<ul><li>Copland most famous works: </li></ul><ul><ul><ul><ul><li>Opera </li></ul></ul></ul></ul><ul><ul><ul><ul><li>The Tender Land </li></ul></ul></ul></ul><ul><ul><ul><ul><li>Ballets </li></ul></ul></ul></ul><ul><ul><ul><ul><li>Billy the Kid (1938) </li></ul></ul></ul></ul><ul><ul><ul><ul><li>Rodeo (1942) </li></ul></ul></ul></ul><ul><ul><ul><ul><li>Appalachian Spring (1944). </li></ul></ul></ul></ul><ul><ul><ul><ul><li> </li></ul></ul></ul></ul><ul><ul><ul><ul><li>Orchestral works: </li></ul></ul></ul></ul><ul><ul><ul><ul><li>Symphonic Ode (1929 & 1955) </li></ul></ul></ul></ul><ul><ul><ul><ul><li>Suite: Billy the Kid (1938) </li></ul></ul></ul></ul><ul><ul><ul><ul><li>El Salon México (1936) </li></ul></ul></ul></ul><ul><ul><ul><ul><li>Quiet City (1939) </li></ul></ul></ul></ul><ul><ul><ul><ul><li>A Lincoln Portrait for speaker and orchestra (1942) </li></ul></ul></ul></ul><ul><ul><ul><ul><li>Fanfare for the Common Man (1942) </li></ul></ul></ul></ul><ul><ul><ul><ul><li>Suite, Rodeo (1943) </li></ul></ul></ul></ul><ul><ul><ul><ul><li>Suite, Appalachian Spring (1945); </li></ul></ul></ul></ul><ul><ul><ul><ul><li> </li></ul></ul></ul></ul><ul><ul><ul><ul><li>Music for Movies </li></ul></ul></ul></ul><ul><ul><ul><ul><li>The Heiress (1949) (Hollywood ‘Oscar’). </li></ul></ul></ul></ul>
George Whitefield Chadwick (1854-1931) Charles Ives (1874-1954) Charles Tomlinson Griffes (1884-1920) George Gershwin (1898-1937) Roy Harris (1898-1979) Duke Ellington (1899-1974) Randall Thompson (1899-1984) Aaron Copland (1900-1990) Samuel Barber (1910-1981) Leonard Bernstein (1918-1990) Contemporary American Classical Composers Appalachian Spring The Revivalist and his Flock
Biography Copland’s parents were immigrants from small towns in Lithuania. His father, Harris, reached New York via Glasgow and Manchester while still in his teens, adopting an Anglicized version of the family surname, Kaplan. His mother, Sarah Mittenthal, arrived in the USA as a young girl and grew up in the American Midwest and Texas before settling in New York in 1881. After their marriage, the Copland’s lived above their successful Brooklyn department store; Aaron later credited his ability in business to his experience helping to run the store. The youngest of five children, he was especially close to his sister Laurine, who taught him the fundamentals of piano playing. and also introduced him to ragtime and opera. At about the age of seven, he began to make up tunes at the piano , and by the age of 12 was notating short pieces. He received his first formal piano lessons (1913–1917) from Leopold Wolfsohn , who assigned him pieces by Mozart, Beethoven and Chopin.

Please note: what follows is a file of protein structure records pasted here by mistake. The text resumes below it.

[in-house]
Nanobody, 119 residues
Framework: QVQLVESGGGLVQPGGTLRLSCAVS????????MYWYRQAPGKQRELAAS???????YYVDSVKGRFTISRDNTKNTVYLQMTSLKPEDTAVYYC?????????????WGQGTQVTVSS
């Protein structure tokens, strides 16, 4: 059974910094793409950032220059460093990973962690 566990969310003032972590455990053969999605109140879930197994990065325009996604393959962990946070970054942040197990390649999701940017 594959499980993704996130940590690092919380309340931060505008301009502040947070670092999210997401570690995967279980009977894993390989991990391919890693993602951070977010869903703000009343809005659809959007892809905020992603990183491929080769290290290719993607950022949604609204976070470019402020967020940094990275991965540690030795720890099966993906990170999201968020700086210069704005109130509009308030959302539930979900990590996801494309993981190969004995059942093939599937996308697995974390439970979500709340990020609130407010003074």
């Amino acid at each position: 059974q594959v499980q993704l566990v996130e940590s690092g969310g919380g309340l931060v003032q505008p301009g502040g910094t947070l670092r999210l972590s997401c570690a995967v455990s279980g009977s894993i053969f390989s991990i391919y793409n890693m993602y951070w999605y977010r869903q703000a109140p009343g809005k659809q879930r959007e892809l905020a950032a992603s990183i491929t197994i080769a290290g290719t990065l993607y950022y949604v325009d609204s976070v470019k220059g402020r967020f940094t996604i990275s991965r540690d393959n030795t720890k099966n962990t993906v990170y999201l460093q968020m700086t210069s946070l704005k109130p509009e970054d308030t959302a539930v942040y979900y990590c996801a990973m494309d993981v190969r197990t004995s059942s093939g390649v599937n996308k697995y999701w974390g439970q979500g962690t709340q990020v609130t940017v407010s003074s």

In 1917 Copland began theory and composition lessons with Rubin Goldmark and rather than pursuing a university degree after his graduation from Boys’ High School in 1918, he continued his studies with Goldmark until 1921. He also studied the piano with Victor Wittgenstein (1917–1919) and Clarence Adler (1919–1921). Copland spent the summer of 1921 at the American Conservatory Fontainebleau , where his teachers included Paul Antonin Vidal (composition) and Albert Wolff (conducting). He pursued further study in Paris (1921–1924) with Ricardo Viñes (piano) and Nadia Boulanger (composition) . Nadia Boulanger was by far his most important teacher, among her many attributes, Copland especially valued her thorough grasp of music literature, her sensitivity to clarity, elegance and formal continuity and her confidence in her young American students. During his years in Paris, Copland attended classes, museums, plays, ballets and concerts In addition, he travelled to England, Belgium, Italy, Austria and Germany, all the while meeting composers, examining scores and hearing new music.
He responded especially strongly to the music of Stravinsky , the ‘hero’ of his student days, and Milhaud, whose assimilation of French, Jewish and American traits he particularly esteemed. He also developed an admiration for the music of Fauré and Mahler, considering the contrapuntal textures of both composers progressive. Under Boulanger’s tutelage, Copland produced his first orchestral score, the Ballet Grohg , which he completed upon his return to the USA. Even before he returned home, however, Boulanger arranged a major American première for another Copland work: an Organ Concerto to be performed by both the New York Symphonic Orchestra under Walter Damrosch and the Boston Symphonic Orchestra under Sergey Koussevitzky, with herself as soloist. The resultant Organ Symphony (1924) initiated an important collaboration between Copland and Koussevitzky, who was to perform 12 Copland works, including several that he personally commissioned and introduced. In 1940, Koussevitzky appointed Copland assistant director of the Berkshire Music Center, where he taught most summers until 1965. The conductor became for Copland a standard of ‘courage’ and ‘vitality’ in an often conventional and dull musical world. A Lincoln Portrait Voice: Gregory Peck